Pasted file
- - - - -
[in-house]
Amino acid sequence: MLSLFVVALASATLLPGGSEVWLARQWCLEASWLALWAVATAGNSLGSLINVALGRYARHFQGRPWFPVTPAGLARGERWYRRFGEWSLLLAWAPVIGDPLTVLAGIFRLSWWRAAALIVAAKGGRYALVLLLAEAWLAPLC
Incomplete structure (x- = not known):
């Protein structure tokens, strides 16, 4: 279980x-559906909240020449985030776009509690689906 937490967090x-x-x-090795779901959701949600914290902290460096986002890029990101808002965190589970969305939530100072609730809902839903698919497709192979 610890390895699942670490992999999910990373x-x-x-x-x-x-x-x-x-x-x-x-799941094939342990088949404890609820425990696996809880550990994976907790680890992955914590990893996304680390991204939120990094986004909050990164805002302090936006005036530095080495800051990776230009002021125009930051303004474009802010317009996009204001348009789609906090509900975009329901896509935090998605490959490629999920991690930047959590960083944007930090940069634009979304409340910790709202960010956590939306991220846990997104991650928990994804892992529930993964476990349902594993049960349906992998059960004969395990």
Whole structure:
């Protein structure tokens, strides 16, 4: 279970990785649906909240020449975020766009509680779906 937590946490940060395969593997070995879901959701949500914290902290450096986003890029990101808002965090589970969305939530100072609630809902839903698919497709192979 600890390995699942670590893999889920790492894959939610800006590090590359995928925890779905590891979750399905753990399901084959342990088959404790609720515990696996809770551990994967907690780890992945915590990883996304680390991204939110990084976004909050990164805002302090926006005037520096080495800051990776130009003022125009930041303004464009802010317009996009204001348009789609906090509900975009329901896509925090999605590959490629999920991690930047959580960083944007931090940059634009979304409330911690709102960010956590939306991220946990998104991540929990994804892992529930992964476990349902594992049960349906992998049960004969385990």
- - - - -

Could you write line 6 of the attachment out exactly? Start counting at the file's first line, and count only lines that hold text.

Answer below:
């Protein structure tokens, strides 16, 4: 279970990785649906909240020449975020766009509680779906 937590946490940060395969593997070995879901959701949500914290902290450096986003890029990101808002965090589970969305939530100072609630809902839903698919497709192979 600890390995699942670590893999889920790492894959939610800006590090590359995928925890779905590891979750399905753990399901084959342990088959404790609720515990696996809770551990994967907690780890992945915590990883996304680390991204939110990084976004909050990164805002302090926006005037520096080495800051990776130009003022125009930041303004464009802010317009996009204001348009789609906090509900975009329901896509925090999605590959490629999920991690930047959580960083944007931090940059634009979304409330911690709102960010956590939306991220946990998104991540929990994804892992529930992964476990349902594992049960349906992998049960004969385990």